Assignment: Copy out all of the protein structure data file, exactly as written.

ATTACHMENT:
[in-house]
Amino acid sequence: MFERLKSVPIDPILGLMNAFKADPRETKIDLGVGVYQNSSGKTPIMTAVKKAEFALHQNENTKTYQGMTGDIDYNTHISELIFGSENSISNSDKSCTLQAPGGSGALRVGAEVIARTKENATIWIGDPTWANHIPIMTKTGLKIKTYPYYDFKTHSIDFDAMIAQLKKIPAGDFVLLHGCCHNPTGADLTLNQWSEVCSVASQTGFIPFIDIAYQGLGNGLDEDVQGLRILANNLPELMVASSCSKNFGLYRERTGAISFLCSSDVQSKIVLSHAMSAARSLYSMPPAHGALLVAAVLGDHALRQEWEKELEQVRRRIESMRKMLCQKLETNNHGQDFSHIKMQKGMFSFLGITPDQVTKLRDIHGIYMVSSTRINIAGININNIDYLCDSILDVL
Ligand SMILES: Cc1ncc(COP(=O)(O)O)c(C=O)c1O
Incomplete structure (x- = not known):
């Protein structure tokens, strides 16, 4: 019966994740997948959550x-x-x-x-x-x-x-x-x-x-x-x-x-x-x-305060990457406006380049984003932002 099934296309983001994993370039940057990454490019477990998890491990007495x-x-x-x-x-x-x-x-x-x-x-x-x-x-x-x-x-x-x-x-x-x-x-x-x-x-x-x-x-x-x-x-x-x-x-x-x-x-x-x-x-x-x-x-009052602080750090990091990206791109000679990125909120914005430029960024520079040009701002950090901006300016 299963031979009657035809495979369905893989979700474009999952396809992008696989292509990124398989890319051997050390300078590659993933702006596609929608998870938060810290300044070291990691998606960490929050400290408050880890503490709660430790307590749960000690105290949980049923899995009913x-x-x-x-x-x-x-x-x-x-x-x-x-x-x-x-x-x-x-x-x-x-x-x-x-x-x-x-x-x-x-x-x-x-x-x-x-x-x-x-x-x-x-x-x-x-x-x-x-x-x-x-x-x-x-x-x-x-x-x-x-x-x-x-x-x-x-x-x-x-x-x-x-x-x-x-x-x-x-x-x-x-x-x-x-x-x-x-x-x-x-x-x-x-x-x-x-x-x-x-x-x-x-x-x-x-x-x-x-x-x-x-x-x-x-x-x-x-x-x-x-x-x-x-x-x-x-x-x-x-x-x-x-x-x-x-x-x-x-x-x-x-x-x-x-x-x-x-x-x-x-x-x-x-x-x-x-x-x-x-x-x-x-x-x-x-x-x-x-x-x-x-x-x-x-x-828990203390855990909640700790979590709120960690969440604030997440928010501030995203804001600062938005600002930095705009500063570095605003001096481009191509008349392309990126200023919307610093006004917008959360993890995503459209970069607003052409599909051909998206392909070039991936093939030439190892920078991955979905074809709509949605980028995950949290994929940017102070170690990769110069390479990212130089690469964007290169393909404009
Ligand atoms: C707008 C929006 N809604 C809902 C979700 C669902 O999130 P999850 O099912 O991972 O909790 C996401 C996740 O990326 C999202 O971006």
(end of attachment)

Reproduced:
[in-house]
Amino acid sequence: MFERLKSVPIDPILGLMNAFKADPRETKIDLGVGVYQNSSGKTPIMTAVKKAEFALHQNENTKTYQGMTGDIDYNTHISELIFGSENSISNSDKSCTLQAPGGSGALRVGAEVIARTKENATIWIGDPTWANHIPIMTKTGLKIKTYPYYDFKTHSIDFDAMIAQLKKIPAGDFVLLHGCCHNPTGADLTLNQWSEVCSVASQTGFIPFIDIAYQGLGNGLDEDVQGLRILANNLPELMVASSCSKNFGLYRERTGAISFLCSSDVQSKIVLSHAMSAARSLYSMPPAHGALLVAAVLGDHALRQEWEKELEQVRRRIESMRKMLCQKLETNNHGQDFSHIKMQKGMFSFLGITPDQVTKLRDIHGIYMVSSTRINIAGININNIDYLCDSILDVL
Ligand SMILES: Cc1ncc(COP(=O)(O)O)c(C=O)c1O
Incomplete structure (x- = not known):
């Protein structure tokens, strides 16, 4: 019966994740997948959550x-x-x-x-x-x-x-x-x-x-x-x-x-x-x-305060990457406006380049984003932002 099934296309983001994993370039940057990454490019477990998890491990007495x-x-x-x-x-x-x-x-x-x-x-x-x-x-x-x-x-x-x-x-x-x-x-x-x-x-x-x-x-x-x-x-x-x-x-x-x-x-x-x-x-x-x-x-009052602080750090990091990206791109000679990125909120914005430029960024520079040009701002950090901006300016 299963031979009657035809495979369905893989979700474009999952396809992008696989292509990124398989890319051997050390300078590659993933702006596609929608998870938060810290300044070291990691998606960490929050400290408050880890503490709660430790307590749960000690105290949980049923899995009913x-x-x-x-x-x-x-x-x-x-x-x-x-x-x-x-x-x-x-x-x-x-x-x-x-x-x-x-x-x-x-x-x-x-x-x-x-x-x-x-x-x-x-x-x-x-x-x-x-x-x-x-x-x-x-x-x-x-x-x-x-x-x-x-x-x-x-x-x-x-x-x-x-x-x-x-x-x-x-x-x-x-x-x-x-x-x-x-x-x-x-x-x-x-x-x-x-x-x-x-x-x-x-x-x-x-x-x-x-x-x-x-x-x-x-x-x-x-x-x-x-x-x-x-x-x-x-x-x-x-x-x-x-x-x-x-x-x-x-x-x-x-x-x-x-x-x-x-x-x-x-x-x-x-x-x-x-x-x-x-x-x-x-x-x-x-x-x-x-x-x-x-x-x-x-x-828990203390855990909640700790979590709120960690969440604030997440928010501030995203804001600062938005600002930095705009500063570095605003001096481009191509008349392309990126200023919307610093006004917008959360993890995503459209970069607003052409599909051909998206392909070039991936093939030439190892920078991955979905074809709509949605980028995950949290994929940017102070170690990769110069390479990212130089690469964007290169393909404009
Ligand atoms: C707008 C929006 N809604 C809902 C979700 C669902 O999130 P999850 O099912 O991972 O909790 C996401 C996740 O990326 C999202 O971006």